Here’s the crux of the matter. Black Panther is the first black lead superhero in this generation of superhero movies. The cast is packed full of black talent taking on substantial roles. It’s co-written and directed by Ryan Coogler, considered to be one of the best African-American directors to come up in recent years. Wesley Snipes’ Blade was awesome and was a proper step in the right direction, but a little thing like the MCU becoming the highest grossing movie franchise of all time has happened in the years since. Like it or not, Disney’s various branches are crushing at the box-office and driving current pop culture. Even the lowest grossing MCU movie, The Incredible Hulk, earned way more than the second and double what the first Blade made at the box office. These films are on a whole other level to where we were in the late ’90s/early 2000s. The landscape has changed. Granted, the first two Blades were R-rated, meaning a significantly smaller potential audience, but that leads me into my next point.
We have to be able to relate to our heroes on some level in order to care about them. We all have different ways into a character, and our favourites tend to reflect an aspect we either possess or aspire to in some way, especially when we’re children. It’s no different with Black Panther. There’s going to be an entire generation of kids who are attracted to the movies because the big badass hero looks like them. I honestly don’t see how this could be anything but a positive thing.
Representation is important to a lot of people. As a straight white dude, shit’s been catered to me for decades, so I’m on the inside of the bubble attempting to look out. Diversity in movies, tv shows and video games has become a recurring issue and it’s mattering to a growing number of people. Most reasonable folk see no problem with an added number of movie characters of all skin tones, genders, sexualities etc. Variety is the spice of life after all and redressing the balance of years of movies featuring straight white dudes doing shit doesn’t strike me as a bad idea in the slightest.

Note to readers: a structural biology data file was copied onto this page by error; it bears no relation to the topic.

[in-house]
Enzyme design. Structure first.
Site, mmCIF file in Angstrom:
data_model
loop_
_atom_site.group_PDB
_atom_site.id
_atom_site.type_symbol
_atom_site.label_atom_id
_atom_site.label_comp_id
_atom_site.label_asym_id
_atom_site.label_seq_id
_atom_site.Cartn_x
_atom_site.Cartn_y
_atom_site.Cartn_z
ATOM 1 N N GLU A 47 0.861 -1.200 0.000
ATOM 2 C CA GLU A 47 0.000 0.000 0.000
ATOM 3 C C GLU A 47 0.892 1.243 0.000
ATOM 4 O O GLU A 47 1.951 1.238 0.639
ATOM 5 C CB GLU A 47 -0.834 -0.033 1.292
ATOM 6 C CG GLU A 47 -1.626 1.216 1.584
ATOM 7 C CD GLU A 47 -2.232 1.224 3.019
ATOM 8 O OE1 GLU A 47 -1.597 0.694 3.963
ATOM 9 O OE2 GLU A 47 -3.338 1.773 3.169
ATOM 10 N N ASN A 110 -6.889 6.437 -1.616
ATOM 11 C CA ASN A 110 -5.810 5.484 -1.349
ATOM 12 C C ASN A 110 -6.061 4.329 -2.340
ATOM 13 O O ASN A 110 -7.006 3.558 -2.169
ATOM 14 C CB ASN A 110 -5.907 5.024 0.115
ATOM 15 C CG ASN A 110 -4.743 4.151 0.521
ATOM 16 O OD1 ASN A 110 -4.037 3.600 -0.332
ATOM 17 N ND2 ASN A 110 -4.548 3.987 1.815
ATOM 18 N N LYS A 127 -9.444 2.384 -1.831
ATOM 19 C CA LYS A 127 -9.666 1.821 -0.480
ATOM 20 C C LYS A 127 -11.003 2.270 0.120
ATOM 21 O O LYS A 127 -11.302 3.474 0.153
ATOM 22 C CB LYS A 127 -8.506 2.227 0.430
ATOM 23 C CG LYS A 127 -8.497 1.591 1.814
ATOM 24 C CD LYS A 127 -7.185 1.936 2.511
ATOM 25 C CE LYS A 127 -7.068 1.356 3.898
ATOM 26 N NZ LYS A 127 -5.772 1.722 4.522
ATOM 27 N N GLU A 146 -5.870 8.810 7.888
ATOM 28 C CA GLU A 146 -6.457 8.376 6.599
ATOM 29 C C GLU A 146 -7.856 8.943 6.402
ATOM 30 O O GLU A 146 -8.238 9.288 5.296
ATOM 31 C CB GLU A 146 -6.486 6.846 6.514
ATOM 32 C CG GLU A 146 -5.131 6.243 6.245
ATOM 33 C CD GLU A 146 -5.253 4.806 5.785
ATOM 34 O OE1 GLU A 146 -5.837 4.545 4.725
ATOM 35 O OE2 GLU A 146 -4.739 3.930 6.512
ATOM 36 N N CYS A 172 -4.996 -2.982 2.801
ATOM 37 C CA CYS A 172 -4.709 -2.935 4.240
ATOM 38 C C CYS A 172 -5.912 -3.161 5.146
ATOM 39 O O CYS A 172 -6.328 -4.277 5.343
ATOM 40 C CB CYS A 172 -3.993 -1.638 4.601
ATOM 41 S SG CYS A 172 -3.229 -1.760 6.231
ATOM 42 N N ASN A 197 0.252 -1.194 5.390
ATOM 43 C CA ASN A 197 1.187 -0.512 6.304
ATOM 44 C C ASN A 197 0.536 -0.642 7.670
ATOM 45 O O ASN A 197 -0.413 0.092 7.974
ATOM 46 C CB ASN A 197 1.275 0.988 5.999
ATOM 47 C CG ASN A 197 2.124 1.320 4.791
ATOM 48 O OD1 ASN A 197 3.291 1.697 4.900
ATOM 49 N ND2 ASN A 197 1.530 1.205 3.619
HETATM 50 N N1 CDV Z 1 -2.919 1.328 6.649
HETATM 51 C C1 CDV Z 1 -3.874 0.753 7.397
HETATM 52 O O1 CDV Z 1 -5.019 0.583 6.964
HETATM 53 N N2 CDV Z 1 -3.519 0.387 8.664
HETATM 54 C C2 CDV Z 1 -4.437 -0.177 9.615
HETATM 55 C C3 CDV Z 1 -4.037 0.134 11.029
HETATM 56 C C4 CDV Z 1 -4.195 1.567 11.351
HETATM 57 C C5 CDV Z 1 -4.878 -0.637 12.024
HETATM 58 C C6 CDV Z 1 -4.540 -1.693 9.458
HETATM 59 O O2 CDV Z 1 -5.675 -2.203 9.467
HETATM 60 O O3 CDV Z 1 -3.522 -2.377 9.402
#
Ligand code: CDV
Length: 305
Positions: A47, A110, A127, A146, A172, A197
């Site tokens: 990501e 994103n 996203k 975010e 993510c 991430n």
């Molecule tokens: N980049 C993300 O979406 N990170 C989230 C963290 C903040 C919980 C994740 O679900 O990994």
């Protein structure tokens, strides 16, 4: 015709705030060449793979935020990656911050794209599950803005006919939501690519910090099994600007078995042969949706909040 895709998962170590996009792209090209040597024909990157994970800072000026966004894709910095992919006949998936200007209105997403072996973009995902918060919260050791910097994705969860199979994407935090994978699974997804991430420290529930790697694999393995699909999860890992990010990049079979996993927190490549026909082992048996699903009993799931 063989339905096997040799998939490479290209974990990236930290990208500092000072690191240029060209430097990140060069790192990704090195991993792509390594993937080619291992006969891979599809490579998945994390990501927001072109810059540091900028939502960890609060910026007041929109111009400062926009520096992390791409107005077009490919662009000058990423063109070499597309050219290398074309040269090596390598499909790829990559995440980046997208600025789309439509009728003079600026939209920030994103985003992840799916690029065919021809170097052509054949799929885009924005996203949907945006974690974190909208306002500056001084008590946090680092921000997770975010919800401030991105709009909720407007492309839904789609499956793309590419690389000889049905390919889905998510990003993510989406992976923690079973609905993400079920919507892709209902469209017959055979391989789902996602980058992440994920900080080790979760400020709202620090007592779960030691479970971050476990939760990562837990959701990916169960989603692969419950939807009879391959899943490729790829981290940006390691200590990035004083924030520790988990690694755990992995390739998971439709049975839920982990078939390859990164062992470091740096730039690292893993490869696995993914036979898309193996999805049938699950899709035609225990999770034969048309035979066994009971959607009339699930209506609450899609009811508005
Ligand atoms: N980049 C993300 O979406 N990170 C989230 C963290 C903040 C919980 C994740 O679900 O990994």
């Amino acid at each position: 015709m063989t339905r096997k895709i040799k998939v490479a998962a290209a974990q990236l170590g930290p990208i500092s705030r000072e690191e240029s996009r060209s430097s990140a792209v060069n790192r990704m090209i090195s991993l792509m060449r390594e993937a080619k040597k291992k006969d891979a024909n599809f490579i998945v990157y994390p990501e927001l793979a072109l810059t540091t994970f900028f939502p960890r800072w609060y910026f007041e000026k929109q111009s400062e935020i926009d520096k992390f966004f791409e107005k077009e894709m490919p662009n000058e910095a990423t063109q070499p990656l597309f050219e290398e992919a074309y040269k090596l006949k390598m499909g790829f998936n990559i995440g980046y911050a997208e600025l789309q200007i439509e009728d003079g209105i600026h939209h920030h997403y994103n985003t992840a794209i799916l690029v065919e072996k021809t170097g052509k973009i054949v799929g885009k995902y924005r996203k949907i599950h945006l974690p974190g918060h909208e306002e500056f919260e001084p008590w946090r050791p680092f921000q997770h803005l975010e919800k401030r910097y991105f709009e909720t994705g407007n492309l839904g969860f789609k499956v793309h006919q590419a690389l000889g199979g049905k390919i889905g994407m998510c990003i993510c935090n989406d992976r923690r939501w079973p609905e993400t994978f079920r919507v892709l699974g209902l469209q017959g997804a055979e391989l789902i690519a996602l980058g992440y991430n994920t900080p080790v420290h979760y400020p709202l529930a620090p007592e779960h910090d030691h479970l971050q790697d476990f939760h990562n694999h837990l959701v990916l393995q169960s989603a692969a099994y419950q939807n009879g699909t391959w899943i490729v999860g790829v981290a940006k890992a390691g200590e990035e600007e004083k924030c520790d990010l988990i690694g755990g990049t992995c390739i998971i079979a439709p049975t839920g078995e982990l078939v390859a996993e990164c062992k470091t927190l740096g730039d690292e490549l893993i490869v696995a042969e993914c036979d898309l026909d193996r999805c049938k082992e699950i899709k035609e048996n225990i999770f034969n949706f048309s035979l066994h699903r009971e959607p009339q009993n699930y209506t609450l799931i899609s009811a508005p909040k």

Black Panther isn’t just representative. It’s a celebration of African culture on a scale that we don’t normally see. Yes, Wakanda is fictional, but many of the movie’s fantastical costumes, designs and customs are drawn from real cultural sources. Some of the movie’s more predominant themes are about black identity, oppression and heritage and it’s great that a movie as big as this can have these kinds of discussions. You can be as cynical as you want, but this is clearly striking a chord with people if videos like this one, showing a bunch of South African moviegoers joyfully dancing after seeing the movie, exist.
Box office takings dominate most movie news and the fact that Black Panther, a movie with a predominantly black cast and crew, is doing so well globally is cause for celebration too. Other studios are going to take note of all the attention Black Panther is getting (and more importantly) the money it’s making and may shift focus into creating more diverse movies in general. It certainly puts paid to the Hollywood myth that black movies don’t travel, so we can expect to see less of that reasoning in the future.
I’ve only scratched the surface of the whole thing and there are way more qualified people than me out there talking about this. This is all basic stuff, but if YouTube videos, Facebook comments and the like are to be believed there are a lot of people who are confused by it. In an age when you can literally type a question into a search engine and get all the information you could ever want in order to formulate your own answer, this just seems like willful ignorance to me. Plus, I think if you have an audience, you owe them the most informed take possible on whatever you’re talking about.
I really enjoyed the movie too, by the way, but after all the things the movie has achieved and will accomplish, that just seems like an added bonus at this point.